Your Coral dev board comes blank, and will need to be fastboot'd in order to load the firmware on.

The Coral Getting Started guide will show you the process. It's not pleasant unless you happen to have all the right cables and software already, it should take you under an hour.

You'll need USB C cables and adapters!

As USB technology evolves you'll want the One Cable To Sync/Charge All Things (or, at least, portable devices with Micro-B, Type C, or Lightning ports) and this...
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As technology changes and adapts, so does Adafruit, and speaking of adapting, this adapter has a USB A plug and a USB C socket so your older...
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When connecting HATs or Bonnets, the tall heatsink of the Coral can interfere with attaching it - be sure to pick up some 2x20 GPIO Lifters or Stacking headers!

Give yourself a lift with this 2x20 female socket header that has slightly longer than usual pins. You can plug this into your Raspberry Pi GPIO port and then plug a HAT or...
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Stack multiple plates, breakouts etc onto your Raspberry Pi Model B+ with this custom-made extra-tall and extra-long 2x20 female header. The female header part has extra spaces to...
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Once you've got the Coral fastboot'd you will be able to set up and test WiFi:

Verify you have a WiFi connection with sudo ping

The good news about the mendel distribution is it already has Python3 installed by default

Install libgpiod

libgpiod is what we use for gpio toggling, it doesn't come in installations yet but its easy to add by running our script. You'll probably need to run this as root, so sudo bash before you...

  • cd ~
  • wget
  • chmod +x
  • ./

A few minutes and a lot of text later...

After installation you should be able to import gpiod from within Python3

Update Your Board and Python

Run the standard updates:

sudo apt-get update

sudo apt-get upgrade


sudo pip3 install --upgrade setuptools

Check UART, I2C and SPI

A vast number of our CircuitPython drivers use UART, I2C and SPI for interfacing. Luckily, they're already enabled. Check by running ls /dev/i2c* /dev/spi*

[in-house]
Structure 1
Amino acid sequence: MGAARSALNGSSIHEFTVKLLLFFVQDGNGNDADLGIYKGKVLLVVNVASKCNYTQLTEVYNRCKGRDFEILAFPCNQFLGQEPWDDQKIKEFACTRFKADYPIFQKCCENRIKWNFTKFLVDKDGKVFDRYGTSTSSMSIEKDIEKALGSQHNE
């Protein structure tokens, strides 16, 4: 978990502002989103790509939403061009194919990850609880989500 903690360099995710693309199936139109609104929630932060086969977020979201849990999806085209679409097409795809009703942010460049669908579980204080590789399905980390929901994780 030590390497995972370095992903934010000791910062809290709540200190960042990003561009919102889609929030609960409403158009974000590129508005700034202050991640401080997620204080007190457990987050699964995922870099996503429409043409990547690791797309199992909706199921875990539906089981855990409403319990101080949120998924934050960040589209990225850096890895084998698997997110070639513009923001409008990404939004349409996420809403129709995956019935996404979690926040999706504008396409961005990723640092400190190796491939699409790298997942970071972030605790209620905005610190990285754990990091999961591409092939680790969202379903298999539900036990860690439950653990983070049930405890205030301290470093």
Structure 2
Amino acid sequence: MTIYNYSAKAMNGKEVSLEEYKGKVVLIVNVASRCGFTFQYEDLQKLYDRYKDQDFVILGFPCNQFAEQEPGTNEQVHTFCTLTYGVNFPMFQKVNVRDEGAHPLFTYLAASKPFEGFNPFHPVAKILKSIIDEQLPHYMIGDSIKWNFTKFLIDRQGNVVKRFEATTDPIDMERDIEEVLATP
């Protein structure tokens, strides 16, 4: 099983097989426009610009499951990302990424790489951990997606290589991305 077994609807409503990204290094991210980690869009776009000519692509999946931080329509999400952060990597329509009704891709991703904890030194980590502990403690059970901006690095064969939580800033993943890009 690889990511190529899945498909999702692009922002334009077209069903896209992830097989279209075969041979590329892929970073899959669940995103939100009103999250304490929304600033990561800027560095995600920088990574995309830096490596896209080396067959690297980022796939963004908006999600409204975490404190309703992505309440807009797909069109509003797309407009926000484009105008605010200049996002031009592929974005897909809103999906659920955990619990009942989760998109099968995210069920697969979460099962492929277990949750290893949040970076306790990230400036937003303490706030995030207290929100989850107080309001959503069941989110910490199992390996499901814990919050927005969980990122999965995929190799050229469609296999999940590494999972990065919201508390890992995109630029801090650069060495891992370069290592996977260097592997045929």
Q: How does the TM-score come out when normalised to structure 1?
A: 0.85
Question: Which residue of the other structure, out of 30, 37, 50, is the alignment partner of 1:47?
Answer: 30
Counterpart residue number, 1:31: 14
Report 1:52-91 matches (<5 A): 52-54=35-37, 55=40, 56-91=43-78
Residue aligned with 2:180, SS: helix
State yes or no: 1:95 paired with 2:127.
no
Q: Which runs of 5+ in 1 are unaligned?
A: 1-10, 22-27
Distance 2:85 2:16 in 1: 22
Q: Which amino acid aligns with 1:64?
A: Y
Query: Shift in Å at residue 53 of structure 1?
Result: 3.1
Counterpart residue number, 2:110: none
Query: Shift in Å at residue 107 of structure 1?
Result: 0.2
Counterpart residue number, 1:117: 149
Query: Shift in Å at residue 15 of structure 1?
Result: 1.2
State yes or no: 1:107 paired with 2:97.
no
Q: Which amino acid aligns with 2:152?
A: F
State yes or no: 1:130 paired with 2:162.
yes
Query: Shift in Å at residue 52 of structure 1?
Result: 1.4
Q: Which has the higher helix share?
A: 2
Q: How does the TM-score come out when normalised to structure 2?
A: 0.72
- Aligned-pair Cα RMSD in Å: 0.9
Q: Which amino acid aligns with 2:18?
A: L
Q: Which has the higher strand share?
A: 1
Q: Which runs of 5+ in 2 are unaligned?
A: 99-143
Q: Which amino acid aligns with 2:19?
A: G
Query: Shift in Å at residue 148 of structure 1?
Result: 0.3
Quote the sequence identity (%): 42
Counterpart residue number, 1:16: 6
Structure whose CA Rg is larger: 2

Install the support software with

  • sudo apt-get install -y python3-smbus python3-dev i2c-tools
  • sudo adduser mendel i2c

You can get info about the I2C interfaces with sudo i2cdetect -l

You can test to see what I2C addresses are connected by running sudo i2cdetect -y 0 (internal I2C) or sudo i2cdetect -y 1 (pins #3 and #5) and sudo i2cdetect -y 1 (pins #27 and #28)

You'll note there looks like an RTC on address 0x68 (a common RTC address). Some addresses are pre-allocated by the kernel (unavailable UU)

For the GPIO interface chips, you can check with sudo gpiodetect and sudo gpioinfoto see the 5 32-pin busses

Install Python libraries

Now you're ready to install all the python support

Run the following command to install adafruit_blinka

pip3 install adafruit-blinka

The computer will install a few different libraries such as adafruit-pureio (our ioctl-only i2c library), spidev (for SPI interfacing), Adafruit-GPIO (for detecting your board) and of course adafruit-blinka

That's pretty much it! You're now ready to test.

Create a new file called with nano or your favorite text editor and put the following in:

import board
import digitalio
import busio

print("Hello blinka!")

# Try to great a Digital input
pin = digitalio.DigitalInOut(board.GPIO_P13)
print("Digital IO ok!")

# Try to create an I2C device
i2c = busio.I2C(board.SCL, board.SDA)
print("I2C ok!")

# Try to create an SPI device
spi = busio.SPI(board.SCLK, board.MOSI, board.MISO)
print("SPI ok!")


Save it and run at the command line with

sudo python3

You should see the following, indicating digital i/o, I2C and SPI all worked

This guide was first published on May 12, 2019. It was last updated on May 12, 2019.

This page (Initial Setup) was last updated on Dec 01, 2021.

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